En EspaŅol

Q. Who is Mr. Smarty Plants?

A: There are those who suspect Wildflower Center volunteers are the culpable and capable culprits. Yet, others think staff members play some, albeit small, role. You can torture us with your plant questions, but we will never reveal the Green Guru's secret identity.

Help us grow by giving to the Plant Database Fund or by becoming a member

Did you know you can access the Native Plant Information Network with your web-enabled smartphone?

Share

Ask Mr. Smarty Plants

Ask Mr. Smarty Plants is a free service provided by the staff and volunteers at the Lady Bird Johnson Wildflower Center.

Search Smarty Plants
    
 
See a list of all Smarty Plants questions
Can't find the answer in our existing FAQs, submit a question to Mr. Smarty Plants.
Need help with plant identification, visit the plant identification page.
 
rate this answer
Not Yet Rated

Saturday - May 12, 2012

From: Struthers, OH
Region: Mid-Atlantic
Topic: Plant Identification
Title: Identity of plant growing on deck
Answered by: Nan Hampton

QUESTION:

I can't find the name of a plant that I had on my deck, it didn't come back this year. It was a bush like plant that grew wild, it bloomed May thru August with red small flowers. My deck gets full sun. I am not sure if it was an annual or perennial but it was in a planter. I'm looking for the same type of greenery that will bloom all summer. My husband is driving me crazy looking in greenhouse for this plant. Any suggestions.

ANSWER:

The fact that the plant was growing in a planter leads me to think that it was a non-native cultivar.  Since our focus and expertise at the Lady Bird Johnson Wildflower Center are with plants native to North America, we aren't your best source for identifying non-native cultivars.  If you have a photo of it, you can submit it to one or more of the Plant Identification Forums listed on our Plant Identification page.

You do say that it grew wild.   If you dug it up from the wild and planted it in your planter, it may well have been a native plant.  To look for it, you can do a COMBINATION SEARCH in our Native Plant Database by choosing "Ohio" from the Select State or Province, "Shrub" or "Herb" from the Habit (general appearance) slot and "Red" for Bloom Color.  You also can choose other characteristics that help to describe your plant.  Another way to look for your plant is on the list of Ohio Recommended plants which are: "Commercially available native plant species suitable for planned landscapes in Ohio."  If you don't find your plant, perhaps you will see another plant that you like.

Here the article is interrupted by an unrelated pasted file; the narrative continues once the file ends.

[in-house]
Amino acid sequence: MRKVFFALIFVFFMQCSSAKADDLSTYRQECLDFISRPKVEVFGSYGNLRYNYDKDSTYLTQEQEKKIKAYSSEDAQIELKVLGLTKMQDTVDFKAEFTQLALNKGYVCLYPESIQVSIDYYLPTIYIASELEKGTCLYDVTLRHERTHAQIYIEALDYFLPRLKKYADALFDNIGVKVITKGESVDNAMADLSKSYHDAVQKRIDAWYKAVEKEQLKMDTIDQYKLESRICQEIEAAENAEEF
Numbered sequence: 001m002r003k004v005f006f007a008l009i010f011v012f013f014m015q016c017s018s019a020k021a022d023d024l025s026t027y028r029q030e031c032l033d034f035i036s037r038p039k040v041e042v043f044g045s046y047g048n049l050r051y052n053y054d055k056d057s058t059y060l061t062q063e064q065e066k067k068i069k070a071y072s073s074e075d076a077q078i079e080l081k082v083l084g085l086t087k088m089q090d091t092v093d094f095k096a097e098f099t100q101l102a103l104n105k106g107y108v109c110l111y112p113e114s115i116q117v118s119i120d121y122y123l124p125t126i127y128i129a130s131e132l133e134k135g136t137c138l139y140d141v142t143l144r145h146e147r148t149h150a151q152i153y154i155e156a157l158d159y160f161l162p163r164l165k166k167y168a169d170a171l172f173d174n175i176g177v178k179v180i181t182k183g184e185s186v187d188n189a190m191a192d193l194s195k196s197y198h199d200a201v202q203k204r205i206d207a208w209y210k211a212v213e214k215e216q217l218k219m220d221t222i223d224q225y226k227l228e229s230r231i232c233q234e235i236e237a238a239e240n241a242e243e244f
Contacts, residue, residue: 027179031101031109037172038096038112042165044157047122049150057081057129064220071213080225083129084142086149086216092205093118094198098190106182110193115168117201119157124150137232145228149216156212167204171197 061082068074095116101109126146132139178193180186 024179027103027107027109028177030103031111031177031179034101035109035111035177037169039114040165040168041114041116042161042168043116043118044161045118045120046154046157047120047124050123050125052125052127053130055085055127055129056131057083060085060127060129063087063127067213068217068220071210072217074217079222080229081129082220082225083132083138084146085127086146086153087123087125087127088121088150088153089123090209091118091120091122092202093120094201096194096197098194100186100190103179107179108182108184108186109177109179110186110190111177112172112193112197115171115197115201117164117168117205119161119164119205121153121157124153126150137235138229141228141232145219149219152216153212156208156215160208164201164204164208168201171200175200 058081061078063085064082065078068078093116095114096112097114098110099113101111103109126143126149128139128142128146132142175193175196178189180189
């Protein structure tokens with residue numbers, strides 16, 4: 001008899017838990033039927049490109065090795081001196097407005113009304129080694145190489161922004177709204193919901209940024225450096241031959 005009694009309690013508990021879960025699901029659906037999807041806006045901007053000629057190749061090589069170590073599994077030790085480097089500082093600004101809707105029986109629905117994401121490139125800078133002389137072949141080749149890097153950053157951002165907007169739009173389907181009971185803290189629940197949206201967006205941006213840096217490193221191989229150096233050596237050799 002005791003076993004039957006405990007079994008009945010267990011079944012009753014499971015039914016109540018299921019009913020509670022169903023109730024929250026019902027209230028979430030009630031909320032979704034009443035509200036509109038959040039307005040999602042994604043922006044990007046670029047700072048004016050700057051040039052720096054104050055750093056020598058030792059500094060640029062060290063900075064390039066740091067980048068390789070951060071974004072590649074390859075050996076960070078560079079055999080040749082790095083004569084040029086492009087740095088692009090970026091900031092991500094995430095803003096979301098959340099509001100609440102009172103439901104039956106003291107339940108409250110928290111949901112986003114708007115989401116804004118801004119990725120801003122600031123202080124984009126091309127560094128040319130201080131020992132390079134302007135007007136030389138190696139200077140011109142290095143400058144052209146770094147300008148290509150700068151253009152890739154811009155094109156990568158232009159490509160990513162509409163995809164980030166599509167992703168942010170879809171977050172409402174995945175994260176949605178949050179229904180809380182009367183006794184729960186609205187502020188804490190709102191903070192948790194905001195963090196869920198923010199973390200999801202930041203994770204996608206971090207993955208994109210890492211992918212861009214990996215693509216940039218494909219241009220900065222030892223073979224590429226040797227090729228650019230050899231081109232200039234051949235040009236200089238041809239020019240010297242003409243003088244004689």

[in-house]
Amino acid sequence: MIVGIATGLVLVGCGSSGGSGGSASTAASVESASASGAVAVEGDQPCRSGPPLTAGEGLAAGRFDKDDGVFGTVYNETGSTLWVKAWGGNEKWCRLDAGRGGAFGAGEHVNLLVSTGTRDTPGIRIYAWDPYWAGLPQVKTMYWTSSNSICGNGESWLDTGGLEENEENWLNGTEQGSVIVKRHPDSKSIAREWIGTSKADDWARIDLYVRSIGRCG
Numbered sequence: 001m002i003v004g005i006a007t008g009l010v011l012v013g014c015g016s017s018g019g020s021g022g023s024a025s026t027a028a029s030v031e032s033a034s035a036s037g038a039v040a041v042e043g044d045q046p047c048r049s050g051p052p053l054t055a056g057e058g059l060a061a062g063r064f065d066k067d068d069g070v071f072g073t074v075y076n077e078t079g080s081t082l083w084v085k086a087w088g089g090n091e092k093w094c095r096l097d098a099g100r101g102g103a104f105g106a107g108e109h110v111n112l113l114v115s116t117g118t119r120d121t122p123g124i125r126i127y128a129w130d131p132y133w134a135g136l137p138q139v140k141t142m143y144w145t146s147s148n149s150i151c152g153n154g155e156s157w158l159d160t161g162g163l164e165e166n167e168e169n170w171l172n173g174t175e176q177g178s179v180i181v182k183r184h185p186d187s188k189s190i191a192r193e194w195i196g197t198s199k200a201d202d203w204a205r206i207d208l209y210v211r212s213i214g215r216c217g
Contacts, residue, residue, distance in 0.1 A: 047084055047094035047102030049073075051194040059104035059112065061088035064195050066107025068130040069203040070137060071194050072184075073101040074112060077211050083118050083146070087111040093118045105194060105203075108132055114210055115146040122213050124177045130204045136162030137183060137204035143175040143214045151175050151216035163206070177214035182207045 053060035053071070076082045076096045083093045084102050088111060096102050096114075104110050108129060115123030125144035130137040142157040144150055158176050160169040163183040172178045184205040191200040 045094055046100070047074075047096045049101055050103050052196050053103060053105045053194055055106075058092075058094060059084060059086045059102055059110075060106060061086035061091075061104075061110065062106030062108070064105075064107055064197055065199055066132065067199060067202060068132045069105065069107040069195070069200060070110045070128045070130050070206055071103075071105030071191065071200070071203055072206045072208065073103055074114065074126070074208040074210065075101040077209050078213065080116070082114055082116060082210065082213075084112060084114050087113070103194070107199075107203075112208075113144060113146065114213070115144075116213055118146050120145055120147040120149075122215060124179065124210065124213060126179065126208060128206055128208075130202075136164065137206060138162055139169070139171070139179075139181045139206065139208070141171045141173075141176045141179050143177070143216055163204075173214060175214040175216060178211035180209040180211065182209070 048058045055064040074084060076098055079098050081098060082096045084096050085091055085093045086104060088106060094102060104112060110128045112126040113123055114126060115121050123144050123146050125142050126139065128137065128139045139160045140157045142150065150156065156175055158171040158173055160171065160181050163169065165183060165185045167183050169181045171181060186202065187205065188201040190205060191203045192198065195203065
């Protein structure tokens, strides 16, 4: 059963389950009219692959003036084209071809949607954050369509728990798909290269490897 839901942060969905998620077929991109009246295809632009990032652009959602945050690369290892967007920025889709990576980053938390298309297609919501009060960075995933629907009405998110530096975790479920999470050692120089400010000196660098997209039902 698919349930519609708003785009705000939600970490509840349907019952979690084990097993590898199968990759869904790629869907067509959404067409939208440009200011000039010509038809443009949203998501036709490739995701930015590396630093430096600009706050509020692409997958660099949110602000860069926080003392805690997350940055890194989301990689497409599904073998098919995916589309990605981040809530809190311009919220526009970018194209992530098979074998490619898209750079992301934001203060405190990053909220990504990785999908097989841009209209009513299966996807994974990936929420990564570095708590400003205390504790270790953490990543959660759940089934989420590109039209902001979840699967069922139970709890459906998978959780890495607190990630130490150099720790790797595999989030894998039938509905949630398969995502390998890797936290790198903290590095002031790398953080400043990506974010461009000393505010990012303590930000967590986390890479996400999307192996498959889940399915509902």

More Plant Identification Questions

Good website for identifying wildflowers
April 27, 2008 - What is a good website to identify wildflowers? I have done Google searches and none of the websites seem to help. Where should I go?
view the full question and answer

Plant Identification
April 25, 2009 - What is: square stalk perennial with bright yellow flowers at the top (mainly)? Starts growing first thing in spring, invades surrounding areas, puts out long serrated leaves along the 7-8 ft stalks....
view the full question and answer

Identification of stem from a bouquet
January 02, 2012 - I have a stem with leaves that came in a bouquet May 2011. They are still healthy in a vase of water tho they have no roots, just stem. On the back center of each leaf are protrusions half an inch lon...
view the full question and answer

Plant identification
June 11, 2011 - This plant will grow 12-15 feet or more in height in the rural areas of Ellis County south of Dallas. In a fractal manner, stems grow out of the stalk and then from the stems. The leaves are green, th...
view the full question and answer

Wild onions and garlic in Genus Allium
June 25, 2006 - My husband and I found a strange bulb like plant that when broken open it smells and tastes like strong onion or garlic. The heads are at the top of the plant though not at the root base like most wil...
view the full question and answer

Smarty Plants's Facebook profile Support the Wildflower Center by Donating Online or Becoming a Member today.

Mr. Smarty Plants wants you to be his Facebook friend. Click the Facebook icon to add yourself to Mr. Smarty Plants list of friends.
E-NEWSLETTER | BECOME A MEMBER | DONATE NOW | MEDIA | SITEMAP | STAFF
© 2015 Lady Bird Johnson Wildflower Center